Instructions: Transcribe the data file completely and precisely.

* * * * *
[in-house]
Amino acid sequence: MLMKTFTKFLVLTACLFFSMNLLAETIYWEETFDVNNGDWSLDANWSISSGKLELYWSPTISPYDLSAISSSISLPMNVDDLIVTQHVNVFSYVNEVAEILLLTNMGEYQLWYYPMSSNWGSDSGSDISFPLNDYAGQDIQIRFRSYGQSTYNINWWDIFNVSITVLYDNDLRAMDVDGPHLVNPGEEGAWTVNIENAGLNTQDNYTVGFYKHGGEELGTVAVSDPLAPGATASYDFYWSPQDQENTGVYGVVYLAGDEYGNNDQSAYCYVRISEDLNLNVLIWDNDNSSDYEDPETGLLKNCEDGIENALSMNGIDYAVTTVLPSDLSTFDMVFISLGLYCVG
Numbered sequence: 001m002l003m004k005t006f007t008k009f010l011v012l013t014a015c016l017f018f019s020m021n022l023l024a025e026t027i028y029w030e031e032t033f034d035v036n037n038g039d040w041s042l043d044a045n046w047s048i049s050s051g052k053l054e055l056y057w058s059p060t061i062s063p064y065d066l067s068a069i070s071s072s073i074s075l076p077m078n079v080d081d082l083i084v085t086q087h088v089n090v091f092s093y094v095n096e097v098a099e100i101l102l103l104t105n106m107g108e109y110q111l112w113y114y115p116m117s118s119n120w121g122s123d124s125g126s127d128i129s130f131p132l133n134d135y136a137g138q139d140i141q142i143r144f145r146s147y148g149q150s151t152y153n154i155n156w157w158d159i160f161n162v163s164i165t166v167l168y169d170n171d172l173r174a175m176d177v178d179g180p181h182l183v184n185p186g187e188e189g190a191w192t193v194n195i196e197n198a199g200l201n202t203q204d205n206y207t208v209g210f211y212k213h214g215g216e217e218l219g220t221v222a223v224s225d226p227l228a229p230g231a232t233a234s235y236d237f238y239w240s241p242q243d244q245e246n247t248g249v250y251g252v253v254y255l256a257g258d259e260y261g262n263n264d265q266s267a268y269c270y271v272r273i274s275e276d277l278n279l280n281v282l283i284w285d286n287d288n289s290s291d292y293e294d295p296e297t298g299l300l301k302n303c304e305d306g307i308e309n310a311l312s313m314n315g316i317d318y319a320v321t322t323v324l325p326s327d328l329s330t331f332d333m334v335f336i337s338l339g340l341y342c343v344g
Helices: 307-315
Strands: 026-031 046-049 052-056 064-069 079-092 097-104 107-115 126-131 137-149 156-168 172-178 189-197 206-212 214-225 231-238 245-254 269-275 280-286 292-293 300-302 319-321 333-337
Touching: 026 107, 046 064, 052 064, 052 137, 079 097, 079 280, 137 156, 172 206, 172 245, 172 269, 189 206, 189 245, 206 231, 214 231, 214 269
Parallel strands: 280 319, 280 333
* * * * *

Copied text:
[in-house]
Amino acid sequence: MLMKTFTKFLVLTACLFFSMNLLAETIYWEETFDVNNGDWSLDANWSISSGKLELYWSPTISPYDLSAISSSISLPMNVDDLIVTQHVNVFSYVNEVAEILLLTNMGEYQLWYYPMSSNWGSDSGSDISFPLNDYAGQDIQIRFRSYGQSTYNINWWDIFNVSITVLYDNDLRAMDVDGPHLVNPGEEGAWTVNIENAGLNTQDNYTVGFYKHGGEELGTVAVSDPLAPGATASYDFYWSPQDQENTGVYGVVYLAGDEYGNNDQSAYCYVRISEDLNLNVLIWDNDNSSDYEDPETGLLKNCEDGIENALSMNGIDYAVTTVLPSDLSTFDMVFISLGLYCVG
Numbered sequence: 001m002l003m004k005t006f007t008k009f010l011v012l013t014a015c016l017f018f019s020m021n022l023l024a025e026t027i028y029w030e031e032t033f034d035v036n037n038g039d040w041s042l043d044a045n046w047s048i049s050s051g052k053l054e055l056y057w058s059p060t061i062s063p064y065d066l067s068a069i070s071s072s073i074s075l076p077m078n079v080d081d082l083i084v085t086q087h088v089n090v091f092s093y094v095n096e097v098a099e100i101l102l103l104t105n106m107g108e109y110q111l112w113y114y115p116m117s118s119n120w121g122s123d124s125g126s127d128i129s130f131p132l133n134d135y136a137g138q139d140i141q142i143r144f145r146s147y148g149q150s151t152y153n154i155n156w157w158d159i160f161n162v163s164i165t166v167l168y169d170n171d172l173r174a175m176d177v178d179g180p181h182l183v184n185p186g187e188e189g190a191w192t193v194n195i196e197n198a199g200l201n202t203q204d205n206y207t208v209g210f211y212k213h214g215g216e217e218l219g220t221v222a223v224s225d226p227l228a229p230g231a232t233a234s235y236d237f238y239w240s241p242q243d244q245e246n247t248g249v250y251g252v253v254y255l256a257g258d259e260y261g262n263n264d265q266s267a268y269c270y271v272r273i274s275e276d277l278n279l280n281v282l283i284w285d286n287d288n289s290s291d292y293e294d295p296e297t298g299l300l301k302n303c304e305d306g307i308e309n310a311l312s313m314n315g316i317d318y319a320v321t322t323v324l325p326s327d328l329s330t331f332d333m334v335f336i337s338l339g340l341y342c343v344g
Helices: 307-315
Strands: 026-031 046-049 052-056 064-069 079-092 097-104 107-115 126-131 137-149 156-168 172-178 189-197 206-212 214-225 231-238 245-254 269-275 280-286 292-293 300-302 319-321 333-337
Touching: 026 107, 046 064, 052 064, 052 137, 079 097, 079 280, 137 156, 172 206, 172 245, 172 269, 189 206, 189 245, 206 231, 214 231, 214 269
Parallel strands: 280 319, 280 333